Well there's your score right there - 10 out of 10. But we all knew Nintendo's biggest Zelda yet would snatch the top marks, but is it really the greatest Zelda game ever?
As always the answer to that question comes down to personal taste, but if it's just a question of 'does it stand toe-to-toe with Ocarina of Time' then the answer is a definite yes; as Nintendo have long promised, Twilight Princess holds no punches, offering a truly gigantic Zelda experience with some superbly-designed dungeons, gorgeous environments and finally a story worth writing home about.
It goes without saying that upon booting-up any Zelda game you're embarking on a particularly special gaming romp, but we could tell that this really was the premium of Link's adventures when - like Ocarina of Time - we managed to spend five minutes staring at Twilight Princess's majestic title screen, before clicking through to the game entry screen a letting that well-known fairy fountain music wash over our heads and sweep us away to a land of pure gaming ecstasy.
As we are well aware of the fondness surrounding the series, we'll do our best to avoid any spoilers in this review - be assured that in the words that follow, the story will remain largely unspoilt but the obvious gameplay features demoed in early E3 trailers will be discussed in brief.
The story tells the tale of a new struggle in Hyrule with the coming of the all-consuming Twilight Realm, which has engulfed Hyrule in bloom-shaded darkness. When Link travels to this bizarre realm the twilight transforms him, via some Majora-esque cut-scenes, into a blue-eyed wolf who, with the help of a new friend, has a set of all-new abilities.
We'd love to go into detail why playing as a Wolf is so enjoyable and downright cool - but as promised we're doing our best to avoid spoilers. Combat mechanics are totally against the Zelda convention, yet aren't wild enough not to feel at home with the series. Travelling and adventuring brings some equally-unique features, but we'll leave that for you to discover.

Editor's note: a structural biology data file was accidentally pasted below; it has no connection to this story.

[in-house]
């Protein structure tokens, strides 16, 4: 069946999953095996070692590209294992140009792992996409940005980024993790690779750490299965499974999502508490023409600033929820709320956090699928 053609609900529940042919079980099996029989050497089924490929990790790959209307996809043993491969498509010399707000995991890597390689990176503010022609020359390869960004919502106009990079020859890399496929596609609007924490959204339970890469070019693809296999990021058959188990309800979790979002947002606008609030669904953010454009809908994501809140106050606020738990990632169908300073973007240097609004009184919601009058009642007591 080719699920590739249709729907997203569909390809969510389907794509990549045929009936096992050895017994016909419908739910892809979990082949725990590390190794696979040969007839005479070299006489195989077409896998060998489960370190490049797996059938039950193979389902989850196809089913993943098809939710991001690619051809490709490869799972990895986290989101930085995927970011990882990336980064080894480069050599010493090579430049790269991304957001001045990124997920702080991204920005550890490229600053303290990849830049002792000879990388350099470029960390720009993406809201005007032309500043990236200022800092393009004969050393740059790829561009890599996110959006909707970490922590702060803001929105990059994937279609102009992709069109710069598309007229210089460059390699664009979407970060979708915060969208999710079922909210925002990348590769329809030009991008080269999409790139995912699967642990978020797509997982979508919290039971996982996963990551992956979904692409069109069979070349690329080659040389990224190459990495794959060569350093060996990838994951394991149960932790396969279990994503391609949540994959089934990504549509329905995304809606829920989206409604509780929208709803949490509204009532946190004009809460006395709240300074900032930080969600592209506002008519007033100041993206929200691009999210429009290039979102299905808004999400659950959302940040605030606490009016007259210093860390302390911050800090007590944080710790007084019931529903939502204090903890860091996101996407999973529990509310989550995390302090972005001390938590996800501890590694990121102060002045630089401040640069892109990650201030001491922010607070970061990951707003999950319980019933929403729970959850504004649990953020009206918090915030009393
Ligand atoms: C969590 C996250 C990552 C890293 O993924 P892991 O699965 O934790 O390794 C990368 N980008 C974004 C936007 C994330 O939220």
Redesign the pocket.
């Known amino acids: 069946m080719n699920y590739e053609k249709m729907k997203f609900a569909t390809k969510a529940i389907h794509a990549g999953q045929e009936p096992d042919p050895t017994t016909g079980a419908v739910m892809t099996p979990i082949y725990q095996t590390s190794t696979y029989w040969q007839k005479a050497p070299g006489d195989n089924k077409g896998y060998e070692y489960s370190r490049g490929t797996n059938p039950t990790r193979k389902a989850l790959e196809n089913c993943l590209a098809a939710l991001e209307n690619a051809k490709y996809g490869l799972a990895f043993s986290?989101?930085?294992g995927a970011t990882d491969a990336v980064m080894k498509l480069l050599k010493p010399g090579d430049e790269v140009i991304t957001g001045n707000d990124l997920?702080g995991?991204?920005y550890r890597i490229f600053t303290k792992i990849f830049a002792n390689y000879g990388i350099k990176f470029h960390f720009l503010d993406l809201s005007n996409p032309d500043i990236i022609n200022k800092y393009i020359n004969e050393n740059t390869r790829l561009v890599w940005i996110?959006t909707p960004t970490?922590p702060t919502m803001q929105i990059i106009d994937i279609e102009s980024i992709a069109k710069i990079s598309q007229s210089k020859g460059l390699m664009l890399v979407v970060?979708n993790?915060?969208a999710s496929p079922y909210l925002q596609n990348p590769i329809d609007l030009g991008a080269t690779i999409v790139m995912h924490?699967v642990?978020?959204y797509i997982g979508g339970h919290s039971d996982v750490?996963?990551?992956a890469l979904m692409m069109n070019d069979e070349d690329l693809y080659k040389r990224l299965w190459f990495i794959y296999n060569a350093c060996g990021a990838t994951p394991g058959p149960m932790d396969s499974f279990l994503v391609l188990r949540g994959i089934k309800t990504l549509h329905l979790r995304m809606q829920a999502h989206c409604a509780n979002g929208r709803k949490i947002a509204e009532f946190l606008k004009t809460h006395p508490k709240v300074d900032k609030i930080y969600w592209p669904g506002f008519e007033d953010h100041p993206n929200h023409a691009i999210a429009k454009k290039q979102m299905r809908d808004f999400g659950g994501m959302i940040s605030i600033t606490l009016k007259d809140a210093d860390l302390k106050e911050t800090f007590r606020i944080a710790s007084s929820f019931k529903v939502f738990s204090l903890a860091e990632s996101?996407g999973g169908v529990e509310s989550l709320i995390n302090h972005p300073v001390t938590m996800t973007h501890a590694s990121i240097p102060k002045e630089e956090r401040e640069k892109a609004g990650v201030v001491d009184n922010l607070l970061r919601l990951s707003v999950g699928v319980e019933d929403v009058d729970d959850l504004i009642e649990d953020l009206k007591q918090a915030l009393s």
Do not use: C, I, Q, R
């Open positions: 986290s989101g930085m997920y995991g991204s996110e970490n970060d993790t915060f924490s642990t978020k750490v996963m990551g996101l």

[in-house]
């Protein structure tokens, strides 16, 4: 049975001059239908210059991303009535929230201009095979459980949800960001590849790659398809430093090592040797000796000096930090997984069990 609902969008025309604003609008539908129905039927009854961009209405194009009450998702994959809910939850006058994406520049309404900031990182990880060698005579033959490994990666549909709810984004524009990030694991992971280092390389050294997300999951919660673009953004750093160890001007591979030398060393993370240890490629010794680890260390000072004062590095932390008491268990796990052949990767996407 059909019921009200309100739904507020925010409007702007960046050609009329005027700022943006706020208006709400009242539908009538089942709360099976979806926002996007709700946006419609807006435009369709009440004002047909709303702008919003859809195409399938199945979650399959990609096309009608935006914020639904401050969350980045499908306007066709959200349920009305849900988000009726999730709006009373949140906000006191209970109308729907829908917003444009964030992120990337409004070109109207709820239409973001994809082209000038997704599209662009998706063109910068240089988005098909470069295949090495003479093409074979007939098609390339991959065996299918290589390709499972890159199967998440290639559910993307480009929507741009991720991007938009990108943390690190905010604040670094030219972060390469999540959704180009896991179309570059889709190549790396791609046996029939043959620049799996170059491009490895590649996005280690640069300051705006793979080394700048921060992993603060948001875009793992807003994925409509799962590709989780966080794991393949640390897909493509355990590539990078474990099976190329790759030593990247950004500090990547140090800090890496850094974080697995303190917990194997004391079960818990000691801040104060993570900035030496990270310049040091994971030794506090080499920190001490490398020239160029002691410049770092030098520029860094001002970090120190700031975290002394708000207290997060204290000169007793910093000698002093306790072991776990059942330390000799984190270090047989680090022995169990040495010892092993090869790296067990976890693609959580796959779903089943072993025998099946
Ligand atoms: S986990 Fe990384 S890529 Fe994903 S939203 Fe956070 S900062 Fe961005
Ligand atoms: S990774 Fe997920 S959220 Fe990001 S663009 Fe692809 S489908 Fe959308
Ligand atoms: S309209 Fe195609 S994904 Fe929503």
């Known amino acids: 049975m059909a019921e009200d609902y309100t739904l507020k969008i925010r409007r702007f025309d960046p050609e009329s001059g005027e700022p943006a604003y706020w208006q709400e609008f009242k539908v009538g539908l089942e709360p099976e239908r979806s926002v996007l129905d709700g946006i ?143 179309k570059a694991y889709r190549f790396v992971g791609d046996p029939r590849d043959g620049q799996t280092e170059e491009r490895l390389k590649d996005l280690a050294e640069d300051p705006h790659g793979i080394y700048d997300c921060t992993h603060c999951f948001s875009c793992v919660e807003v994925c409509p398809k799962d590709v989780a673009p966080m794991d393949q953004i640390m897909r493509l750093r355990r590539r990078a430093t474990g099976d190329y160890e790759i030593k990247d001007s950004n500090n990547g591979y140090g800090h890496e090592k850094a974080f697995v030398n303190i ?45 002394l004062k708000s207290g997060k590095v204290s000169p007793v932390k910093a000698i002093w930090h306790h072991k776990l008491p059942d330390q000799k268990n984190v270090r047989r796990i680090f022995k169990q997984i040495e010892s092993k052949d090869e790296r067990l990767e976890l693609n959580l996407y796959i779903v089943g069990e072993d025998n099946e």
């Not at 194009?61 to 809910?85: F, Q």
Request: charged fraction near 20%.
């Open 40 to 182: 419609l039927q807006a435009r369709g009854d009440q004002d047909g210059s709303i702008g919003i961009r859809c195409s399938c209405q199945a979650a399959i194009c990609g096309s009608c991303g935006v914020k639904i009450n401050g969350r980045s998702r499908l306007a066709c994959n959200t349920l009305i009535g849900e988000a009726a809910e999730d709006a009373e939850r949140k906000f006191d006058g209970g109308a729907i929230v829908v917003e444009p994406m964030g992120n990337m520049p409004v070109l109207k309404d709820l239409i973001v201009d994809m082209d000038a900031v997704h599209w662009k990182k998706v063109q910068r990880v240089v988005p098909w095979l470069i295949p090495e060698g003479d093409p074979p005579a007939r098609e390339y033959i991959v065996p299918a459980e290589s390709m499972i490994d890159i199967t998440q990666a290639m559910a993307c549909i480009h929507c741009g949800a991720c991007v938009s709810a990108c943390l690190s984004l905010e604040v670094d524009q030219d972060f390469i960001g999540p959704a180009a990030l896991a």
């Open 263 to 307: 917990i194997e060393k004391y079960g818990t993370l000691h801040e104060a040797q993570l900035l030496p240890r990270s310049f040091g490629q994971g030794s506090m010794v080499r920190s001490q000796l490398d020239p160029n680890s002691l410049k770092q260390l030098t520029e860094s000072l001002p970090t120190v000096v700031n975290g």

Of course the real meat of Zelda is its dungeons and Twilight Princess doesn't disappoint, with a massive dungeon count surpassing any Zelda game before. Thankfully they're not lacking in quality either; the usual variety of dungeon themes are in there, and will strike as familiar to seasoned Zelda fans.
Yet, far from feeling stale, all of those familiar themes greatly benefit from Twilight's gorgeous art direction and enhanced realism, creating rich atmospheres superior to any previous Zelda quest.
Puzzles occasionally drift close to clichéd series conventions, but there's plenty of surprises and twists in store. Some weapons in particular are used very cleverly to turn traditional Zelda puzzles on their heads, and the boss encounters are simply the most impressive we've ever seen - even mini-bosses make Wind Waker's bad guys look like angry Animal Crossing neighbours.
Thankfully the quality doesn't drop in later challenges either, which is something that marred the otherwise sound Wind Waker. Gamers looking for a challenge will be please to hear that one of Twilight's dungeons in particular rivals even the mighty Ocarina of Time's Water Temple in terms of difficulty - our telly would be well and truly smashed if it wasn't for those handy Wii Remote wrist straps.
One of the most striking things about Twilight Princess over previous 3D Zelda games is the sheer scope and scale of its version of Hyrule. Sure, Wind Waker had its vast ocean but it was a largely empty and uninteresting blue void. Twilight's world is easily the best version of Hyrule yet; not only compelling in a design sense but also in terms of artistic flair as well; quite simply it's gorgeous.